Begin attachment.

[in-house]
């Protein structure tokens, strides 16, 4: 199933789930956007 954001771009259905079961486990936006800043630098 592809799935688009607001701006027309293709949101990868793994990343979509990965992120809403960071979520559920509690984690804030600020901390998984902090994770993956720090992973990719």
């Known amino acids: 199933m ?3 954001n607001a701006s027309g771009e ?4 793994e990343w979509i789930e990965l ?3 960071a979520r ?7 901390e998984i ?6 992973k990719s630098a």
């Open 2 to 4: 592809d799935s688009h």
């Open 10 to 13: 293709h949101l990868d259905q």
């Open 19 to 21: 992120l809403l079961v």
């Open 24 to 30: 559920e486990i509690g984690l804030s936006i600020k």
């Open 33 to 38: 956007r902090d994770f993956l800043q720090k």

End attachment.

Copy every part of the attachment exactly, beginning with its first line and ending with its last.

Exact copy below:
[in-house]
């Protein structure tokens, strides 16, 4: 199933789930956007 954001771009259905079961486990936006800043630098 592809799935688009607001701006027309293709949101990868793994990343979509990965992120809403960071979520559920509690984690804030600020901390998984902090994770993956720090992973990719």
């Known amino acids: 199933m ?3 954001n607001a701006s027309g771009e ?4 793994e990343w979509i789930e990965l ?3 960071a979520r ?7 901390e998984i ?6 992973k990719s630098a």
């Open 2 to 4: 592809d799935s688009h």
């Open 10 to 13: 293709h949101l990868d259905q």
């Open 19 to 21: 992120l809403l079961v």
């Open 24 to 30: 559920e486990i509690g984690l804030s936006i600020k």
């Open 33 to 38: 956007r902090d994770f993956l800043q720090k």